“When the data changes in their system, it’s automatically triggered for their system to update the data,” Alcozer said. “We refresh all of our downstream reports every night, so we always say the data is up to date as of yesterday.”

According to Chicago Public Schools data, Intrinsic achieved a graduation rate of nearly 98 percent, which Russ said is partly thanks to the new data management system’s role in academic planning and addressing learning loss.

“We have some student-facing reports they can use to see how they’re doing, whether it’s GPA or test scores, and those reports get used at parent-teacher conferences. We’re able to look at different metrics throughout their assignments, and it will tell us if they’re on track,” she said. “The attendance data was helpful for engagement and calling families to figure out why a kid maybe showed up to an 8 a.m. class, but not a 12 p.m. class ... School leaders were able to use data in that way during the remote learning period.”

Alcozer said more and more K-12 schools across the country are taking a different approach to data management, in addition to establishing roles like Russ’ dedicated to “cleaning, transforming and preparing data for use in analytics.” He said these roles are emerging in small districts and charter schools, while schools with more funding tend to employ both an analyst and engineer position, or full data management teams.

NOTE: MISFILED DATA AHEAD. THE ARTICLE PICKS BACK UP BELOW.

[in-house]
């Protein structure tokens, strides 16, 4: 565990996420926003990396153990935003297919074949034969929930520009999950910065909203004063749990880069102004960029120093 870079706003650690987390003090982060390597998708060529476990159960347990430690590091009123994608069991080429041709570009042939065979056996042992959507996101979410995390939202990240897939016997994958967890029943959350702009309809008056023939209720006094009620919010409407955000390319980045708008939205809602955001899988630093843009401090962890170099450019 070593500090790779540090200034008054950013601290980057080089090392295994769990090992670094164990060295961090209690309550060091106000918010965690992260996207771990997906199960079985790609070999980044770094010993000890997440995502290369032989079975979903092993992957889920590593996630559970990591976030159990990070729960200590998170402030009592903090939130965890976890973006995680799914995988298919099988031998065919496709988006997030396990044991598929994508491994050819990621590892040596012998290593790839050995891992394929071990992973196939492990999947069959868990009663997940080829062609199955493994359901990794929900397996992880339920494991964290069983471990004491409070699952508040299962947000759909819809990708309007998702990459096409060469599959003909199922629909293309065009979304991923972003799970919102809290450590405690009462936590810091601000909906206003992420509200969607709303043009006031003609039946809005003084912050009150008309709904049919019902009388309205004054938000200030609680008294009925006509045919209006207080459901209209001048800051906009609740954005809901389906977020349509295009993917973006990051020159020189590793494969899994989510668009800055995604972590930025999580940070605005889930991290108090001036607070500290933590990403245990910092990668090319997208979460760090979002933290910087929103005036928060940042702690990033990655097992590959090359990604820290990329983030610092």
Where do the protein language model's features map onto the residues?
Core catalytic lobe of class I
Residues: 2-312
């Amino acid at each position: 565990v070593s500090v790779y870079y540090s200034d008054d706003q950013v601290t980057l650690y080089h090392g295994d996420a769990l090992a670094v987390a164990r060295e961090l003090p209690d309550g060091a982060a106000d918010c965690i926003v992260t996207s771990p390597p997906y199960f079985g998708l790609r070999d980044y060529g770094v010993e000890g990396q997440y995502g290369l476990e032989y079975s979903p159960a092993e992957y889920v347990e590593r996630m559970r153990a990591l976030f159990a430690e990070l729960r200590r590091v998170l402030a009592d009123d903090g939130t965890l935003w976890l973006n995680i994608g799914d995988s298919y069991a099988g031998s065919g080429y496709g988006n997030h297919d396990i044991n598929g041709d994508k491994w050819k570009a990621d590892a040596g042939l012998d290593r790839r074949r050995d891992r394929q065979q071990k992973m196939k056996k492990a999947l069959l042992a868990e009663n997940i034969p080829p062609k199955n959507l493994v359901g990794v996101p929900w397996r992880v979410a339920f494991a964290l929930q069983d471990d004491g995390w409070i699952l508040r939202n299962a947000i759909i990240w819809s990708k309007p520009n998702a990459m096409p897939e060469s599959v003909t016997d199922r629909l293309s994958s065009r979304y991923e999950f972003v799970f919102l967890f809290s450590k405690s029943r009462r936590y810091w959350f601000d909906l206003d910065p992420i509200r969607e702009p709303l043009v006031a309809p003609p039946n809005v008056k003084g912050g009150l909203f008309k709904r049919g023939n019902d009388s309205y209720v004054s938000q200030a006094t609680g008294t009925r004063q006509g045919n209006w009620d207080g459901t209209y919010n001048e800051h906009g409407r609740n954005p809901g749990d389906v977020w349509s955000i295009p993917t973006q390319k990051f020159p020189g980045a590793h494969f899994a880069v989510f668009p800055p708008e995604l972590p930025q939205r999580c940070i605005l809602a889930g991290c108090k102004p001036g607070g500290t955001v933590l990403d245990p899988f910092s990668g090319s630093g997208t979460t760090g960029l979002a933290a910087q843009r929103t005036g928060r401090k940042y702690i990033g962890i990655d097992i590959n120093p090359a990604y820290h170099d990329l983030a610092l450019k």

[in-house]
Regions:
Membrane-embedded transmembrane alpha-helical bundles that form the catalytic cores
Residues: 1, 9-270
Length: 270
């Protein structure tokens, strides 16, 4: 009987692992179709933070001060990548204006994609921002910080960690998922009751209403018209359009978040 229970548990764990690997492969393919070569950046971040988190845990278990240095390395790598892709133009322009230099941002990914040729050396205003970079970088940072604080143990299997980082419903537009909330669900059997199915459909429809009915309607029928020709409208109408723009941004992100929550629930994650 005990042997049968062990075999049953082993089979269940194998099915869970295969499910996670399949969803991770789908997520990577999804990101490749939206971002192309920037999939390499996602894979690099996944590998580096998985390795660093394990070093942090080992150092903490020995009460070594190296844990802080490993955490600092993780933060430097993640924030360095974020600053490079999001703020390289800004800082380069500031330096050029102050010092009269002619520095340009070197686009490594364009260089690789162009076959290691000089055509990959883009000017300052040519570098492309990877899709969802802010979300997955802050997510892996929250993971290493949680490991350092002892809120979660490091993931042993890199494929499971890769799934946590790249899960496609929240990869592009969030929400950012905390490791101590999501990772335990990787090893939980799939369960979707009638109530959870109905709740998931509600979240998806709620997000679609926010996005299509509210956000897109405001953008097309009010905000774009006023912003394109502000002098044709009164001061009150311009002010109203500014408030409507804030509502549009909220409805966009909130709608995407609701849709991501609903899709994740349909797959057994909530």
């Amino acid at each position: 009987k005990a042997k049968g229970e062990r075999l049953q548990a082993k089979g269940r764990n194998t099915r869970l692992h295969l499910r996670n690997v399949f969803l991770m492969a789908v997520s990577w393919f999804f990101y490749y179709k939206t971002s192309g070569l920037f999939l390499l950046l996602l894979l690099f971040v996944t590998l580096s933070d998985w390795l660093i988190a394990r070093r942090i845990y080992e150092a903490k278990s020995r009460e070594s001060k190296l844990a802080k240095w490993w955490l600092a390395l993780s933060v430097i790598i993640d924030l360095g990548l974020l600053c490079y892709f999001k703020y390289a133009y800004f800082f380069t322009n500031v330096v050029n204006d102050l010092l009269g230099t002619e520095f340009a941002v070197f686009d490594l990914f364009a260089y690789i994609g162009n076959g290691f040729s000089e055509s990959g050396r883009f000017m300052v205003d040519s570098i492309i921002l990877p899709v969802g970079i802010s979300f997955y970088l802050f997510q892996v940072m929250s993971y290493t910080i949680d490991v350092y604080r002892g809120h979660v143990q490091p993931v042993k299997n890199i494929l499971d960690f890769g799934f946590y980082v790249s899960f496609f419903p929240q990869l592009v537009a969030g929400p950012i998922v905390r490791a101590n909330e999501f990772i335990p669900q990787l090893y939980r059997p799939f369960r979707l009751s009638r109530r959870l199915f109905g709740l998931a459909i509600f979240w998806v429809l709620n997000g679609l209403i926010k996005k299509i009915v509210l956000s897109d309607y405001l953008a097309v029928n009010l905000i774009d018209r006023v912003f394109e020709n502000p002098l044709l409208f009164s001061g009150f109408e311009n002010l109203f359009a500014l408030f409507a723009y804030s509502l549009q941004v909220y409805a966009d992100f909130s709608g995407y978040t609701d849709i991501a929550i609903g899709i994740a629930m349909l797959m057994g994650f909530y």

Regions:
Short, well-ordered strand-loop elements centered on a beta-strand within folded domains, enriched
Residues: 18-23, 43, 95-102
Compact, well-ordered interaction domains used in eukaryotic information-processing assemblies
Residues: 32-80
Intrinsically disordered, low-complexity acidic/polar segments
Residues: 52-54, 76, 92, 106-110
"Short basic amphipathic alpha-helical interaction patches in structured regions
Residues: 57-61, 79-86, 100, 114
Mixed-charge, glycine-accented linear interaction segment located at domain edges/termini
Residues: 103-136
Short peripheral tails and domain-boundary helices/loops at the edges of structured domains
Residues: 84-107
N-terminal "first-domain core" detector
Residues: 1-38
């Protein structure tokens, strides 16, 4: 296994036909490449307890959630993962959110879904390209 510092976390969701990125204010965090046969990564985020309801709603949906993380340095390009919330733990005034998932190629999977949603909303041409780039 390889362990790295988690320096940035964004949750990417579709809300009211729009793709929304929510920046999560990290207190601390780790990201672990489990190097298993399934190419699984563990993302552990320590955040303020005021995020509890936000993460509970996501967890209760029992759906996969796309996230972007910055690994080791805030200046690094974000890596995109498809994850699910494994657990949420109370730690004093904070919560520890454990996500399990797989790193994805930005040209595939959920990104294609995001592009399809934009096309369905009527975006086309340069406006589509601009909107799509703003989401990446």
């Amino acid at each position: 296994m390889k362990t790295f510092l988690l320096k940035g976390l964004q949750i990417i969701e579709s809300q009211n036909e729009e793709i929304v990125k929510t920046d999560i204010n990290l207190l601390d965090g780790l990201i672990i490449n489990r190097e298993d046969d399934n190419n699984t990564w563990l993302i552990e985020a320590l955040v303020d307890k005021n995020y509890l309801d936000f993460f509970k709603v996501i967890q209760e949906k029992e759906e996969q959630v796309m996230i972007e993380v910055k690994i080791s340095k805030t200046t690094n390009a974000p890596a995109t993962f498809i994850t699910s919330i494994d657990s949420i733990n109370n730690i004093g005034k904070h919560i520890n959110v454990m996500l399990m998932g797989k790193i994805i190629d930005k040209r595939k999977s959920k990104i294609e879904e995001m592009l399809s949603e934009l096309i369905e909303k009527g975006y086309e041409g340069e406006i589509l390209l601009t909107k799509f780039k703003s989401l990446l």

Aside from hiring new positions, many schools are increasingly focused on modernizing and streamlining their data collection and management protocols.

Education officials in Wisconsin recently announced plans to standardize their migrant student data in order to determine who’s eligible for the Migrant Education Program starting in 2022, according to a news release from the state’s Department of Public Instruction. Wisconsin has also modeled much of its current data management efforts on the Ed-Fi framework.

State education officials in Nebraska recently set out to modernize their data infrastructure to better match K-12 funding from the American Rescue Plan Act to schools’ needs, according to Nebraska Commissioner of Education Matthew Blomstedt. This year, he said, the state also worked with Ed-Fi to streamline and standardize statewide assessment data and student attendance information.

“By implementing the Ed-Fi data standard and connecting data across siloed systems, we can streamline the data collection aspects of day-to-day work and use that saved time and energy to analyze and use data information to support student growth,” he said in a public statement in June. “This will allow us to increase long-term capacity to prioritize and focus on acceleration of unfinished learning and the renewal of approaches to education in general.”
Brandon Paykamian is a staff writer for Government Technology. He has a bachelor's degree in journalism from East Tennessee State University and years of experience as a multimedia reporter, mainly focusing on public education and higher ed.